Join us in our First Year-round Cleanup at Tanah Merah!

Following up from our previous call for volunteers to help manage cleanups at Tanah Merah and our subsequent meeting at the National Volunteer and Philanthropy Centre, the volunteer Site Buddies are getting the action going!

Site Buddy Gladys Chua has put out a call for interested members of the public to volunteer some of their Saturday morning time to cleanup up the beach at Tanah Merah.

First year-round cleanup @ Tanah Merah
Date: 11 February 201
Time: 8.00am to 10.00am
Venue: Tanah Merah Ferry Terminal Departure Hall entrance/exit [ See map  for more details ] 

Gladys has put up a really comprehensive post detailing what the objectives are, the attire you should wear, items you should bring and how you can get there by public transport. Interested volunteers can register their interest by filling up the form on her blog!

 

We hope to see you at Tanah Merah on 11 February 2012!

Youth volunteers needed for Asian Green Youth Challenge!

We received an email from Cui Xiao Wen, Chairperson of the Asian Green Youth Challenge, requesting for our help in putting out an advertisement! They are currently recruiting members to form part of the Organising Committee.

Asian Green Youth Challenge is a youth initiated project under Social Innovation Park, devoted to incubating new, youth-based, innovative environmental projects and organisations. There are four stages in our project, Online web campaign, Conference, Competition and Incubation Programmes.

They are partnering the National Volunteer and Philanthropy Centre (NVPC) to host an Information Sharing Session for interested volunteers.

Date: 4 February 2012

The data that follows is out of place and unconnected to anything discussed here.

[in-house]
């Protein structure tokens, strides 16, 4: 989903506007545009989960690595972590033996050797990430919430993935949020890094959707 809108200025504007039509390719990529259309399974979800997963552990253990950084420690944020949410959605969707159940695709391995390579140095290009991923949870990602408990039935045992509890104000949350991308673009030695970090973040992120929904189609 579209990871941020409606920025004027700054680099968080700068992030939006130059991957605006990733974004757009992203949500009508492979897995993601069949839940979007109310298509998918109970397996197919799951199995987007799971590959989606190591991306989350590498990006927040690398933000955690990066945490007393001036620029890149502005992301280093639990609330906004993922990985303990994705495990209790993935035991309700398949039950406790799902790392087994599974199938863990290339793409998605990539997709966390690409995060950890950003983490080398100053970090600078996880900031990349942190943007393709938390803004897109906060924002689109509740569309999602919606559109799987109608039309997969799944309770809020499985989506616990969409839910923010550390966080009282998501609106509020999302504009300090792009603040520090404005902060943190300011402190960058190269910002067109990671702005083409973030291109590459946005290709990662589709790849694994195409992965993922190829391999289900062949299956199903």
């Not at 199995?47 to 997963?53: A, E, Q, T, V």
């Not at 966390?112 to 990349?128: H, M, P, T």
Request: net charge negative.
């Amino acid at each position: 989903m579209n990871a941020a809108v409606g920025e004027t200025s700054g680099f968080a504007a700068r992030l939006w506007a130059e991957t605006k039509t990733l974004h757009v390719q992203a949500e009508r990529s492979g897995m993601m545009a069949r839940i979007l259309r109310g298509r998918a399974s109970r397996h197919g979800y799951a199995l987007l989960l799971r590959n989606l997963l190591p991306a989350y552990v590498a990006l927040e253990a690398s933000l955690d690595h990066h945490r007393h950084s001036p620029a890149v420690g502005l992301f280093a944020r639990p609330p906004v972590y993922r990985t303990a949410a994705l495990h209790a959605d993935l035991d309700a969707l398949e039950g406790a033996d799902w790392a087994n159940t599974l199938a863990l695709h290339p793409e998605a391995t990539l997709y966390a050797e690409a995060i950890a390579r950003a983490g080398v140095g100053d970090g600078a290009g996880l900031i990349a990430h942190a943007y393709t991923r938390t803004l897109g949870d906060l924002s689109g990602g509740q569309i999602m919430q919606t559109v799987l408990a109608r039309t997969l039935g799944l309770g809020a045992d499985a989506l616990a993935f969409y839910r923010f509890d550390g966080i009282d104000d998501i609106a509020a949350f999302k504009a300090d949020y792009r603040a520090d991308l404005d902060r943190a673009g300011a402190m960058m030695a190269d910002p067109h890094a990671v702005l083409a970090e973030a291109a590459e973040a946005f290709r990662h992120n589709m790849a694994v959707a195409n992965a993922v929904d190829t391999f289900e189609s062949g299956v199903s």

Time: 2.00pm – 3.00pm
Address: National Volunteer & Philanthropy Centre (NVPC)
6 Eu Tong Sen Street #04-88 The Central
NVPC is located right at Level 4 within The Central, directly above Clarke Quay MRT.

You can find out more about their proposal, the recruitment drive, and the Information Sharing Session by clicking the related links.

NUS @ ICCS 2011 – Going Green and Greener in our 9th year!

NUS Environmental Science and Engineering Students Club reflect on their efforts in leading NUS staff and students to the International Coastal Cleanup to a new cleanup site this year at Lim Chu Kang East mangrove. This is the 9th year of their efforts, which began in 2003!

On 17 September 2011, approximately 125 staff and student volunteers from NUS conducted a cleanup at Lim Chu Kang East mangrove as part of the annual International Coastal Cleanup Singapore (ICCS). They were also accompanied by a team of experienced personnel, including Mr N. Sivasothi who has been coordinating mangrove cleanups since 1997.

The International Coastal Cleanup is conducted in over 70-100 countries. Volunteers do more than remove debris from the shorelines and waterways, they also collect data on the type and amount of debris to bring about positive change. This is through recognition of the specifics of the marine debris problem as the data is public and also submitted to governments and international organisations


The morning briefing with the biodiesel-fueled buses
parked along Lim Chu Kang Lane 9